A spouse who is self-employed must provide financial statements for their business, as well as a statement showing a breakdown of all salaries and wages.

Family Courts may assume you or your spouse’s income is higher than it actually is.

The term imputed income refers to the treatment of an individual’s income as if it is greater than what he or she is actually earning.  If the Court finds that one parent is unemployed or underemployed (earning less than he or she is capable of), it may impute a minimum level of income to that parent.  It is often used to determine child or spousal support.

In considering why a parent is unemployed or underemployed, the loss of a job for legitimate reasons such as a lay off would be considered to be legitimate or the inability of a spouse to find a new job through diligent efforts which can be proven.  In these types of instances, a Judge may not impute an income or may impute a lower income.

One of the most common situations in which a Court may impute an income to a self-employed spouse is if that spouse unreasonably deducts expenses from their income. In these cases, the Court may add those deductions back to your income, and calculate support based on the higher amount of income. When making these determinations, the Court will adopt a perspective of balancing the business necessity of the expense against the alternative of using the funds for support payments.

Failing to provide adequate financial disclosure where there is a legal obligation to do so is another reason why the Court may impute an income.  If the self-employed spouse fails or refuses to provide income information related to their business, a Judge may impute an income to that spouse.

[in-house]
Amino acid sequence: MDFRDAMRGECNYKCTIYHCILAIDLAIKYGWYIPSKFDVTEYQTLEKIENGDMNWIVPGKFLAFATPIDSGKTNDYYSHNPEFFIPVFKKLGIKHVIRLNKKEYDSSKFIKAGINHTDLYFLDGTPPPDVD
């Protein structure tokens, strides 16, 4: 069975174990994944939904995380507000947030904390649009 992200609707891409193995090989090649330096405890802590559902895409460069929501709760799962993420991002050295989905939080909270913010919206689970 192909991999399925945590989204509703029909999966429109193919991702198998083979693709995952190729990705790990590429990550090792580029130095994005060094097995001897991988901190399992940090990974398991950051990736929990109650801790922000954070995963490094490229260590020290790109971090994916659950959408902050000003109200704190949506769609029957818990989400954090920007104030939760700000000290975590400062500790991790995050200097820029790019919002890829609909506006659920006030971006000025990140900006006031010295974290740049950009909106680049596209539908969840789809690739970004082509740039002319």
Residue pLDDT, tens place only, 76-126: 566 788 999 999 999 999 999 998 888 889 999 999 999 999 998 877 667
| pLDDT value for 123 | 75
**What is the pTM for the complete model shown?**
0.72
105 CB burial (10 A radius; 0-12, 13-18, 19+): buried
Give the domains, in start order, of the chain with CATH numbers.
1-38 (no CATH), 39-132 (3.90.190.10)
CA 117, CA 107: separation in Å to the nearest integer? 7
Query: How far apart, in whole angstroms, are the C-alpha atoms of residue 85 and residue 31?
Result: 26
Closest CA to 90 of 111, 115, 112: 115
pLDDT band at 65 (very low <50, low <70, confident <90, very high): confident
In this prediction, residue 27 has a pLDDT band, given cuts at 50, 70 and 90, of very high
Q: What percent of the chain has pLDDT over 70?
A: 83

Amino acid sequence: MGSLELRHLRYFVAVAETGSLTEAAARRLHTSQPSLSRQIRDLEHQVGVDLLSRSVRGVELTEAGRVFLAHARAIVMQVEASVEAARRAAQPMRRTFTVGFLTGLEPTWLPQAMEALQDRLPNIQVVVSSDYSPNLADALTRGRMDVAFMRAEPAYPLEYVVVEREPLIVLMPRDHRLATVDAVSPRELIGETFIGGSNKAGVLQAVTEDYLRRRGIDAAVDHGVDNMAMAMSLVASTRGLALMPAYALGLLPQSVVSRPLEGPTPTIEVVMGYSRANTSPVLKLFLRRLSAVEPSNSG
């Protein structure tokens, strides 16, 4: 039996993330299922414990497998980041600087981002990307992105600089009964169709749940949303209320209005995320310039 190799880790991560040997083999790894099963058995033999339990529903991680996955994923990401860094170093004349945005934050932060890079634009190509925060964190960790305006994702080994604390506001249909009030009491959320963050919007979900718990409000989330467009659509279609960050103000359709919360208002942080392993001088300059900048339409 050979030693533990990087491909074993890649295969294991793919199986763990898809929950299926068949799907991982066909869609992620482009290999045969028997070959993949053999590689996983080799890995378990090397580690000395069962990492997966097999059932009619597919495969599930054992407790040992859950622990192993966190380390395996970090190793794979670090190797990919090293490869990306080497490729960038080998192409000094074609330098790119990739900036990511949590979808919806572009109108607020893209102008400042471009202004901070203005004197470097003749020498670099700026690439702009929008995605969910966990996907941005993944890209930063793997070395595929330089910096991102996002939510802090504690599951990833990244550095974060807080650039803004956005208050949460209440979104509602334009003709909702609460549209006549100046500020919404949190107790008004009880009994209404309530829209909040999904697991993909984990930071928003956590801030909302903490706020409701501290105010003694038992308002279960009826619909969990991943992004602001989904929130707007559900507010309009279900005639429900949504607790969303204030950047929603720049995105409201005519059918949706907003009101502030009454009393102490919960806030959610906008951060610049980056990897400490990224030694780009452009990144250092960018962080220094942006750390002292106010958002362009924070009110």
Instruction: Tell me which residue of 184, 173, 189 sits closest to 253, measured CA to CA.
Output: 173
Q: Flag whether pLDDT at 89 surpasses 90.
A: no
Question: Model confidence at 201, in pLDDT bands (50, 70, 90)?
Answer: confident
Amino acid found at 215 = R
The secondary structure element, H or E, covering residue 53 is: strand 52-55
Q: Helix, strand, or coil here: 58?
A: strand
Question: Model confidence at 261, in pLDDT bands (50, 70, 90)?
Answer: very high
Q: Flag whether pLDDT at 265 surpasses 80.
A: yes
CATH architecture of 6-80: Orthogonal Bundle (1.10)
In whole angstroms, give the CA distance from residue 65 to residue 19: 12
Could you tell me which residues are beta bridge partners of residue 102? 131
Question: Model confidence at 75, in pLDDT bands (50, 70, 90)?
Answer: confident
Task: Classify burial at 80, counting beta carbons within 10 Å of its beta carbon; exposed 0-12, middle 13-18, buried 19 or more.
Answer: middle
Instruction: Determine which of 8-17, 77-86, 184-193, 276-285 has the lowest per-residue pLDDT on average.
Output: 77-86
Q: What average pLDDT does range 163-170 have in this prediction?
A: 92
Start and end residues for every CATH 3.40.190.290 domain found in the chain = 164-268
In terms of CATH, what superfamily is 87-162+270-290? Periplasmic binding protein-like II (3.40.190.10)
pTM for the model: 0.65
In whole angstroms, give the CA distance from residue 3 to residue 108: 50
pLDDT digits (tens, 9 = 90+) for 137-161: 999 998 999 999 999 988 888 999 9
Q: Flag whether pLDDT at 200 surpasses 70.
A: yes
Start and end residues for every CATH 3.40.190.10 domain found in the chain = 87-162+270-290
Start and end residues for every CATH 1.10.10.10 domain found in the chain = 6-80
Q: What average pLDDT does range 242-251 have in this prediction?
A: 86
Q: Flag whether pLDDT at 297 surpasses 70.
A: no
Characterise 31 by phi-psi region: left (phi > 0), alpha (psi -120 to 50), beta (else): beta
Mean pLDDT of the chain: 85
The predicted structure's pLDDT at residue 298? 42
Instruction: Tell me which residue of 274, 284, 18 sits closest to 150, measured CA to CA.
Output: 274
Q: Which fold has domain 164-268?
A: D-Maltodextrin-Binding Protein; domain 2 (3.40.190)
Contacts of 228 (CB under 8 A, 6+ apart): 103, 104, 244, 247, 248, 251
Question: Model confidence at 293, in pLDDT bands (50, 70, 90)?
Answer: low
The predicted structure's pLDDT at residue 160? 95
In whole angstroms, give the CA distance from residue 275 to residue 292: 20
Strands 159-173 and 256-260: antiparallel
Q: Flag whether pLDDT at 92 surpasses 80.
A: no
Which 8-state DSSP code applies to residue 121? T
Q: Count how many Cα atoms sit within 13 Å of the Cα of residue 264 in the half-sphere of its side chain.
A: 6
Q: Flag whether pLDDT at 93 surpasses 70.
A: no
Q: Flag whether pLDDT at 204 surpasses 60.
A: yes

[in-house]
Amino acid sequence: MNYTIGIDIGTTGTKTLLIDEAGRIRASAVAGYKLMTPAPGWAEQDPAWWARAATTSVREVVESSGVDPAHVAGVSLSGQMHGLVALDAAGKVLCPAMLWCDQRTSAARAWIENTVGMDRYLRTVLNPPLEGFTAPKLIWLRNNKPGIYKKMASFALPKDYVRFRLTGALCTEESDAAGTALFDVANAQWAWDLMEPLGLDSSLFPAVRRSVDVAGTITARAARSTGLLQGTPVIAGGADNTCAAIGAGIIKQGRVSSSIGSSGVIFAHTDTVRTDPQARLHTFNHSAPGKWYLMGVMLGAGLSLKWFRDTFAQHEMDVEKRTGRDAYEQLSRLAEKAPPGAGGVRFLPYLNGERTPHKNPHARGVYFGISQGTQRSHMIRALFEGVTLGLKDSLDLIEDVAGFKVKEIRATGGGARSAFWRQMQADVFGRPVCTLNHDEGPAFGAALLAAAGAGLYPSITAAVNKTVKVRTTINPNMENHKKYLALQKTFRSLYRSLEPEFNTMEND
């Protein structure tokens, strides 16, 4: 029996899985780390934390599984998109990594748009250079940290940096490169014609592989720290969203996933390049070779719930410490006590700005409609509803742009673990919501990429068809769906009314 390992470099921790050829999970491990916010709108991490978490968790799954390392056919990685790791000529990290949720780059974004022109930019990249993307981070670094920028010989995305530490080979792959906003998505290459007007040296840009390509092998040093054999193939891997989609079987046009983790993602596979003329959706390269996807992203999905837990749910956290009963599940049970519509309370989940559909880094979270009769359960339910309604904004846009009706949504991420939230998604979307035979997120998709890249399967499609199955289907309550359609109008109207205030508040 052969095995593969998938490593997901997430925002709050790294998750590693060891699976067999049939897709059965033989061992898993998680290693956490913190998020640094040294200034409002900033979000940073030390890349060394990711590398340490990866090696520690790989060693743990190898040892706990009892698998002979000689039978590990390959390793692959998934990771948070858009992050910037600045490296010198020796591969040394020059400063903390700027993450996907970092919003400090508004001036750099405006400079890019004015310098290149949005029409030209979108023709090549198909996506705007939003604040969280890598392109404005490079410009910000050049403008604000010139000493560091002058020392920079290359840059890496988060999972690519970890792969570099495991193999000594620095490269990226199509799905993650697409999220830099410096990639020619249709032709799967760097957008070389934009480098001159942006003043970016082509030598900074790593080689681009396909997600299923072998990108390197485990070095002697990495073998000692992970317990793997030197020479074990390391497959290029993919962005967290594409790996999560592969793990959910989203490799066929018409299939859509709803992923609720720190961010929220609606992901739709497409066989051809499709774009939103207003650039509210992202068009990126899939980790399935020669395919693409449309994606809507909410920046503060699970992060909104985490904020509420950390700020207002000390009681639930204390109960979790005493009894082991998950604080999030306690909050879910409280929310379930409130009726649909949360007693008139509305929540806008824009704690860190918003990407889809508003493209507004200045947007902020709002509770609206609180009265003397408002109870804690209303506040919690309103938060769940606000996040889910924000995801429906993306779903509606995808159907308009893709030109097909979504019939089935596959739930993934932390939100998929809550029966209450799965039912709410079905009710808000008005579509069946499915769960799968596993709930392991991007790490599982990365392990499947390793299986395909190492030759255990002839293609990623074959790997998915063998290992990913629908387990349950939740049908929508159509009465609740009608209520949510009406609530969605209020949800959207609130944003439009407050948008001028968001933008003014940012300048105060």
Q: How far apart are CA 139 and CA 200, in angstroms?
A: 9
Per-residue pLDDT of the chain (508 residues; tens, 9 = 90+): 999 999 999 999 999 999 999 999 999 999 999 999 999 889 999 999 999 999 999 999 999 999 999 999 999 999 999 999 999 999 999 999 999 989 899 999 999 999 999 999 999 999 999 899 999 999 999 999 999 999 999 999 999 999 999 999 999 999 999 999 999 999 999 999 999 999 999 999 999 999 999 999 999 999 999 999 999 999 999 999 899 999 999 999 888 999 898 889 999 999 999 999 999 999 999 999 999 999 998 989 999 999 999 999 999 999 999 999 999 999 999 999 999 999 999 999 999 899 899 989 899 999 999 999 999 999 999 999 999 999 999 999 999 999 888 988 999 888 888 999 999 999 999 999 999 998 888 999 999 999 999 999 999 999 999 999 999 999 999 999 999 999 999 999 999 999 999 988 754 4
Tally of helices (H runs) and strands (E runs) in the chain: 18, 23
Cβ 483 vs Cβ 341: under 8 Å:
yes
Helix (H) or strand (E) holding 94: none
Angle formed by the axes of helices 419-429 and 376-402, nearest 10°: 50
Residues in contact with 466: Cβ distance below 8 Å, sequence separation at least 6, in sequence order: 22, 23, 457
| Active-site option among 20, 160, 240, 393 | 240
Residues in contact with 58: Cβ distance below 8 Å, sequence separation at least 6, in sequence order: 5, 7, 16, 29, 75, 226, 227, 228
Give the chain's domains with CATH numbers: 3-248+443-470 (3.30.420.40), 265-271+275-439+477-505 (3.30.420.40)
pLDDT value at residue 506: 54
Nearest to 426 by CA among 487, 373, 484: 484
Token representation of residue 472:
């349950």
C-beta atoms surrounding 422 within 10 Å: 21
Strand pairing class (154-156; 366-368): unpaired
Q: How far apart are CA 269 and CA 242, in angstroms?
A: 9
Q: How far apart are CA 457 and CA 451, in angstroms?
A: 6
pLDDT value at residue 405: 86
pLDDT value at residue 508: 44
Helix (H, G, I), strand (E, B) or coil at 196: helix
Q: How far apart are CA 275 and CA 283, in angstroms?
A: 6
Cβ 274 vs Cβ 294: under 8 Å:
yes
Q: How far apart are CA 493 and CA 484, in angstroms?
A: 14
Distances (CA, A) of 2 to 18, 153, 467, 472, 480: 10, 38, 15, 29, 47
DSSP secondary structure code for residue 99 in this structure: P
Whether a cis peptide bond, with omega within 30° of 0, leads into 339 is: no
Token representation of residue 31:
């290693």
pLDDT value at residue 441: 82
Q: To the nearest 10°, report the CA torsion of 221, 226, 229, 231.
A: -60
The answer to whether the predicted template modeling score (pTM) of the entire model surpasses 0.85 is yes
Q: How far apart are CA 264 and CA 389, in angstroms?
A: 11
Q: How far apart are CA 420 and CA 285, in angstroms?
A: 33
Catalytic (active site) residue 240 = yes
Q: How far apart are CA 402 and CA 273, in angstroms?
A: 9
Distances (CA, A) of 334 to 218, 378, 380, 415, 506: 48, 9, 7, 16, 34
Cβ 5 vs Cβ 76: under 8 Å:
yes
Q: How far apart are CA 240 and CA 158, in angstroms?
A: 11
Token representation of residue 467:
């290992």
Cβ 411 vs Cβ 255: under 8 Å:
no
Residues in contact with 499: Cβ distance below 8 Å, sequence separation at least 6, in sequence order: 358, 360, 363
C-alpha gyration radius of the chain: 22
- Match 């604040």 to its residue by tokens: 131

Income diversion is yet another instance where income may be imputed.  This happens when a spouse has diverted income which would affect the level of support payable.  This could happen when a spouse has keeps most of their income in the business, and only pay themselves a small salary.  If it appears to a Judge that the spouse’s income is lower, they may impute some of that income back to the spouse.

In MacNamara v MacNamara, the Court imputed an income to a self-employed spouse for unreasonable deductions from one of the businesses he owned.  He also failed to provide any completed income tax returns or financial statements.  The spouse’s line 150 income on his income tax return showed approximately $44,900 and the Court imputed his share of his company’s profits being $64,100 to arrive at a total income of $109,000.  He was subsequently ordered to pay child support in accordance with his imputed income.

Mediation is an excellent alternative to going to Court and having the Court impute an income to a self-employed spouse.  The parties can agree on a reasonable income for the self-employed spouse and move forward with negotiations and settle their matter in a much more timely and cost-effective manner.  Mediation takes away the sour taste of an ongoing Court battle which may include imputing an income, which often leaves the self-employed spouse bitter and angry, and makes it difficult to co-parent effectively.

Self-Employed and Separating

Blog posts are for informational purposes only and do not constitute legal advice.


Written by Marian Grande, Mediator
October 7, 2020

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